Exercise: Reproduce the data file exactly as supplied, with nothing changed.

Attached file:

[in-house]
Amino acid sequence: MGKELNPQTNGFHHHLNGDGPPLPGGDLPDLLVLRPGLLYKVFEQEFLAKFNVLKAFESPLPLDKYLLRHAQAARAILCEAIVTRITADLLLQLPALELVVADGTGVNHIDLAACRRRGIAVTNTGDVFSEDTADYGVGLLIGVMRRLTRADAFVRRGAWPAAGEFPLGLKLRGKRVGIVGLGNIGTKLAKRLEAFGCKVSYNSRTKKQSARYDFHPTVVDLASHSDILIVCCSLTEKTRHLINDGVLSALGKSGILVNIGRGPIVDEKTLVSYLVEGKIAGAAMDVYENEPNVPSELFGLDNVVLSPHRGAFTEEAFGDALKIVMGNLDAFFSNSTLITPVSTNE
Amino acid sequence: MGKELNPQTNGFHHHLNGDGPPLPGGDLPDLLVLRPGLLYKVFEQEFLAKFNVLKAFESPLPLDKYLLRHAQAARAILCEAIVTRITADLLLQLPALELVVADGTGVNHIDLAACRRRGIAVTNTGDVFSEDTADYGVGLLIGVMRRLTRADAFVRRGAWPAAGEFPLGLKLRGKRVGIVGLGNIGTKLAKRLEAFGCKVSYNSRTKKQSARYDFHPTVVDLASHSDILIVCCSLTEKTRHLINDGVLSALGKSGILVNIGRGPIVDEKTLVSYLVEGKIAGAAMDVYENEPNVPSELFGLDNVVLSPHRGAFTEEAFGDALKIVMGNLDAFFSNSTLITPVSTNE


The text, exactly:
[in-house]
Amino acid sequence: MGKELNPQTNGFHHHLNGDGPPLPGGDLPDLLVLRPGLLYKVFEQEFLAKFNVLKAFESPLPLDKYLLRHAQAARAILCEAIVTRITADLLLQLPALELVVADGTGVNHIDLAACRRRGIAVTNTGDVFSEDTADYGVGLLIGVMRRLTRADAFVRRGAWPAAGEFPLGLKLRGKRVGIVGLGNIGTKLAKRLEAFGCKVSYNSRTKKQSARYDFHPTVVDLASHSDILIVCCSLTEKTRHLINDGVLSALGKSGILVNIGRGPIVDEKTLVSYLVEGKIAGAAMDVYENEPNVPSELFGLDNVVLSPHRGAFTEEAFGDALKIVMGNLDAFFSNSTLITPVSTNE
Amino acid sequence: MGKELNPQTNGFHHHLNGDGPPLPGGDLPDLLVLRPGLLYKVFEQEFLAKFNVLKAFESPLPLDKYLLRHAQAARAILCEAIVTRITADLLLQLPALELVVADGTGVNHIDLAACRRRGIAVTNTGDVFSEDTADYGVGLLIGVMRRLTRADAFVRRGAWPAAGEFPLGLKLRGKRVGIVGLGNIGTKLAKRLEAFGCKVSYNSRTKKQSARYDFHPTVVDLASHSDILIVCCSLTEKTRHLINDGVLSALGKSGILVNIGRGPIVDEKTLVSYLVEGKIAGAAMDVYENEPNVPSELFGLDNVVLSPHRGAFTEEAFGDALKIVMGNLDAFFSNSTLITPVSTNE